The Oak Ridge National Laboratory (ORNL) Isotope Production Program (IPP) utilizes the unique facilities and scientific expertise at ORNL to support the goals of the Department of Energy. Isotopes are high-priority commodities of strategic importance for the nation and are essential for energy and medical industries, national security applications, and for basic research. The primary goal is to make critical isotopes more readily available to meet domestic U.S. needs.
The ORNL IPP draws upon multiple organizations and scientific/engineering disciplines. It utilizes a variety of highly specialized nuclear and non-nuclear facilities to execute the program mission. With the highest steady-state neutron flux in the world, the High Flux Isotope Reactor (HFIR) is uniquely suited for heavy element production (i.e., the production of transuranium radioisotopes requiring multiple neutron captures) and isotopes requiring a high specific activity, as certain medical radioisotopes do. The adjacent Radiochemical Engineering Development Center (REDC) is a hot cell facility used to produce certain irradiation targets and chemically separate and purify desired elements from irradiated targets. HFIR and REDC are the source of more than 70% of the world’s supply of californium-252, a critical radioisotope that serves as a strong neutron source used in radiography applications, the energy industry, and for nuclear reactor startup.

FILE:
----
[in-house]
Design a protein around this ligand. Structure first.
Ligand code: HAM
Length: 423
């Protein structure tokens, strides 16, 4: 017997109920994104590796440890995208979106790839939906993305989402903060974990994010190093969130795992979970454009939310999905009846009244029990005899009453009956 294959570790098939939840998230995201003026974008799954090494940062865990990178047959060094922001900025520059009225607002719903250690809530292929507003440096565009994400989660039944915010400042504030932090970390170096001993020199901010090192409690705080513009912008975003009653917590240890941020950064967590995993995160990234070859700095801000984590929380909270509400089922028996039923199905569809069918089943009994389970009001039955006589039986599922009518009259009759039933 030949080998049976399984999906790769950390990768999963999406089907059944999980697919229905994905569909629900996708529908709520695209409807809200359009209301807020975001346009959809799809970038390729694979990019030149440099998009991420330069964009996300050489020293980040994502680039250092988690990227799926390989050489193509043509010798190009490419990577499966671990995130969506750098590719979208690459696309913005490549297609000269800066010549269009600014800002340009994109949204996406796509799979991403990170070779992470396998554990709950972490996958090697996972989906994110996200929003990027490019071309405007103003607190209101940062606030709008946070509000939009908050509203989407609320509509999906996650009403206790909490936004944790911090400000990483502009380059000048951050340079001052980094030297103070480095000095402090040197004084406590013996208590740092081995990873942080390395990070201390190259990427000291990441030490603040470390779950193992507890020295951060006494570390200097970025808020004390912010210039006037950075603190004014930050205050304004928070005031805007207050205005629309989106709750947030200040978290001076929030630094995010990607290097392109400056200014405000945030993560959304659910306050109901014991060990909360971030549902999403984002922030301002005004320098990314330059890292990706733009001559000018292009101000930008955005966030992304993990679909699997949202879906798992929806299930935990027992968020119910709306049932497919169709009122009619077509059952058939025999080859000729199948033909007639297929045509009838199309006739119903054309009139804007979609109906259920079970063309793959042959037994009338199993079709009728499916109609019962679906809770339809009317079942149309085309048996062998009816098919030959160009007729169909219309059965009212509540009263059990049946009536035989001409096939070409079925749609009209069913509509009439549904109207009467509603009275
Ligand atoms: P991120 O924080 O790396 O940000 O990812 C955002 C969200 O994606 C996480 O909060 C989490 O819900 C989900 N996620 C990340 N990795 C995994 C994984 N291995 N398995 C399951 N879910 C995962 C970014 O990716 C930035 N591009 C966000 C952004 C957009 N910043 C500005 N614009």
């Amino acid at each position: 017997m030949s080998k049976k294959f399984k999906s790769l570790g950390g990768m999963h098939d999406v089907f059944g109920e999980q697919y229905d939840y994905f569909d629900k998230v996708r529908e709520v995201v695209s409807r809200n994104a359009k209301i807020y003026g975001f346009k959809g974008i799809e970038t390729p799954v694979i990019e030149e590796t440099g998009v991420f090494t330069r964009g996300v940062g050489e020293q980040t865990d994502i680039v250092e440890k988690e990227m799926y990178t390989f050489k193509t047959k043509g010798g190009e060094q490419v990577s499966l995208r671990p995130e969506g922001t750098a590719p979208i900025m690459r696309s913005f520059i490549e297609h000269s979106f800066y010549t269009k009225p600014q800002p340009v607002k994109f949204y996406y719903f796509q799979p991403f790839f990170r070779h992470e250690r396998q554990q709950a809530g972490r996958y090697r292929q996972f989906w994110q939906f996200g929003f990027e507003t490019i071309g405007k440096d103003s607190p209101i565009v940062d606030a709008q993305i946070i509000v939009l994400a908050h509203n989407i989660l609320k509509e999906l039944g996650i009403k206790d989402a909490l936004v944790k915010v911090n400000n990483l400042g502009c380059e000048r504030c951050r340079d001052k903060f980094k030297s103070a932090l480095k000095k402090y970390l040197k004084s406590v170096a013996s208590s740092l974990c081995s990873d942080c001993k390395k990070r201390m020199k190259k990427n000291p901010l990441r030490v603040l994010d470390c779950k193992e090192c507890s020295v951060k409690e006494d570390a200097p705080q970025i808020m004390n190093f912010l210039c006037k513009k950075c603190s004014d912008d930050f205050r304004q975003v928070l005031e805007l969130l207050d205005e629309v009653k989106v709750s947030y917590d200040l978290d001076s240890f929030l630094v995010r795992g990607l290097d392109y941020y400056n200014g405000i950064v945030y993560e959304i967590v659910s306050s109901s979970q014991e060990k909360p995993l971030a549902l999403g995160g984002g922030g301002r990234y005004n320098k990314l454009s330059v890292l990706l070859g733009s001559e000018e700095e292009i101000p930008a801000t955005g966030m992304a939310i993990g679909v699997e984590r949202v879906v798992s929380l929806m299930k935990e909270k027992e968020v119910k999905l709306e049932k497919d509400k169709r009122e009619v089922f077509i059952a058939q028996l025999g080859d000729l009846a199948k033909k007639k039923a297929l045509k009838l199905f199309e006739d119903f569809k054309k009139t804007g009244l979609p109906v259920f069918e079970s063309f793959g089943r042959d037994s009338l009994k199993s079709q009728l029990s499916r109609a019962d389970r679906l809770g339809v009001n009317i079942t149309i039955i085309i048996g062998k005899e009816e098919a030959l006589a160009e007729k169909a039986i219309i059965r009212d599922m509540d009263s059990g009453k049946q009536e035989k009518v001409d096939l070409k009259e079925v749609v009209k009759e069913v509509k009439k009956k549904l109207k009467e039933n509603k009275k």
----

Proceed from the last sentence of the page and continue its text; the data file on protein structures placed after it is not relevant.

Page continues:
After the Manhattan Engineering District mission was complete, electromagnetic enrichment of uranium gave way to gaseous diffusion, and some of the “Calutrons” (electromagnetic enrichment devices) were converted by ORNL for the separation and enrichment of stable isotopes and some actinide isotopes. Until 1998, when stable isotope enrichment was halted and the remaining calutrons were placed in standby, ORNL accumulated a significant inventory of numerous rare stable isotopes that today have a list price of approximately $360M. Since then, ORNL activities have been focused on dispensing the existing inventory and production of special isotope chemical and physical forms (e.g., accelerator target foils) using metallurgical, ceramic and vacuum processing methods for program customers requiring specialized products. Research and development is now being performed on modernized stable isotope enrichment methods for the future.
ORNL also hosts the National Isotope Development Center (NIDC). Funded directly by DOE, the NIDC is responsible for communication with IDPRA Program customers and the nationwide coordination of isotope production between all of the national laboratories, production facilities, and universities that contribute to the national program.